New Mexico bill makes poaching a felony
Hunters and outdoorsman have grown weary of the lackluster punishments handed out by state legislatures for poaching offenses recently. The opinions expressed by many online continue to echo the sentiment that the punishment does not fit the crime and that until poachers are hit with a significant penalty, the issue will continue.
New Mexico is a state that knows all too well the effects of poaching in the state. According to KRWG News in New Mexico, over the past two years the New Mexico Department of Game and Fish has investigated over 200 cases in which animals were illegal killed and their carcasses were left to rot.
Earlier this month, Gov. Susana Martinez signed a bill into effect that elevates the wasting of wildlife from a misdemeanor to a felony. The bill passed the New Mexico House of Representatives by a unanimous vote. According to the New Mexico Department of Game and Fish, if convicted, a person may face up to 18 months in jail and a $5,000 fine. Since the classification of the crime has been increase to a felony, the offender would also lose the ability to hunt in New Mexico with a firearm. Additionally, the statute of limitations has been increased from two years to five years. Finally, the state Game Commission will be allowed to revoke all hunting and fishing privileges of the offender for longer than the current three years specified by state law. Out-of-state suspects could also face extradition. All of this adds up to a much more severe treatment of poachers.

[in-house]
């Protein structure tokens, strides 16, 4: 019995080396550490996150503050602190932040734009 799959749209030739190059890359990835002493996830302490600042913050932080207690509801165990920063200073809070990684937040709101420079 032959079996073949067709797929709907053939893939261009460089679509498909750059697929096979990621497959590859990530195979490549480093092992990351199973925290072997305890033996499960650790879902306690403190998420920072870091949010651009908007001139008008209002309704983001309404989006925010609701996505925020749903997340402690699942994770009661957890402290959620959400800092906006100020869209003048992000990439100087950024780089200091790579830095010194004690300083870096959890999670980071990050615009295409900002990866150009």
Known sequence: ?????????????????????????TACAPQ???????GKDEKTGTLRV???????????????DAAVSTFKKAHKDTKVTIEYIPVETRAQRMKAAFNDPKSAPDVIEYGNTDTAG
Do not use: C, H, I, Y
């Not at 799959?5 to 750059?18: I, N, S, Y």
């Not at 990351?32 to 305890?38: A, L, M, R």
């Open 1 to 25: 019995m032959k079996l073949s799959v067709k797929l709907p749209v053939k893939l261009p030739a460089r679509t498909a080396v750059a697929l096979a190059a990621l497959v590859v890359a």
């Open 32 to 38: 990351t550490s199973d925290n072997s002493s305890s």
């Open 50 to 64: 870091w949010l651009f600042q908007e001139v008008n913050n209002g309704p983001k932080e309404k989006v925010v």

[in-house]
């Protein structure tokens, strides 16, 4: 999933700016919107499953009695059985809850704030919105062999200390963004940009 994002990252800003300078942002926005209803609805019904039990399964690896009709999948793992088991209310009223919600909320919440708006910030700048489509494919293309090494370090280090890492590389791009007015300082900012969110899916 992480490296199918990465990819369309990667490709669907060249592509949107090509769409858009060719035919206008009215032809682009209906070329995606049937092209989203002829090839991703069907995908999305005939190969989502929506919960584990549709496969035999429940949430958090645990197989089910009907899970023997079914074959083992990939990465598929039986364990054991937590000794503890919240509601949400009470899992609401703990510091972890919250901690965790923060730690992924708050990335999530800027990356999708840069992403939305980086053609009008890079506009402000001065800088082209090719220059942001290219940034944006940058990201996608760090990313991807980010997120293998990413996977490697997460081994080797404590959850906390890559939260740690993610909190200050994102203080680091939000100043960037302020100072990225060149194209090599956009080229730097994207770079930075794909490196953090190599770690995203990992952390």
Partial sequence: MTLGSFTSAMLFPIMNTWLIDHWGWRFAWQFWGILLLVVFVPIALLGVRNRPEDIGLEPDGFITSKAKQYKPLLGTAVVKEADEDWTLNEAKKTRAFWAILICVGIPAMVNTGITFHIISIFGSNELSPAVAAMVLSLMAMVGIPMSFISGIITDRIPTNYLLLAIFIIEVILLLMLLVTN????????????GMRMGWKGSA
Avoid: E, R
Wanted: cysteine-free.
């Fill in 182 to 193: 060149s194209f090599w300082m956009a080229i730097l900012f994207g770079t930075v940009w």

Representative Alonzo Baldonado commented, “Our state’s conservation officers now have the added strength of this law to better protect New Mexico’s valuable wildlife resource for all citizens of New Mexico.” Commission Chairman Paul Kienzle also added, "Conserving New Mexico’s wildlife is our top priority and with these enhanced penalties our game wardens will have the tools needed to provide a greater level of protection.”
While this may not dissuade all poachers from illegally taking and wasting wildlife, it should serve as a deterrent for some and an affective punitive response to those who are caught.
Hopefully more states will follow New Mexico's lead and increase the severity of punishments for these types of crimes.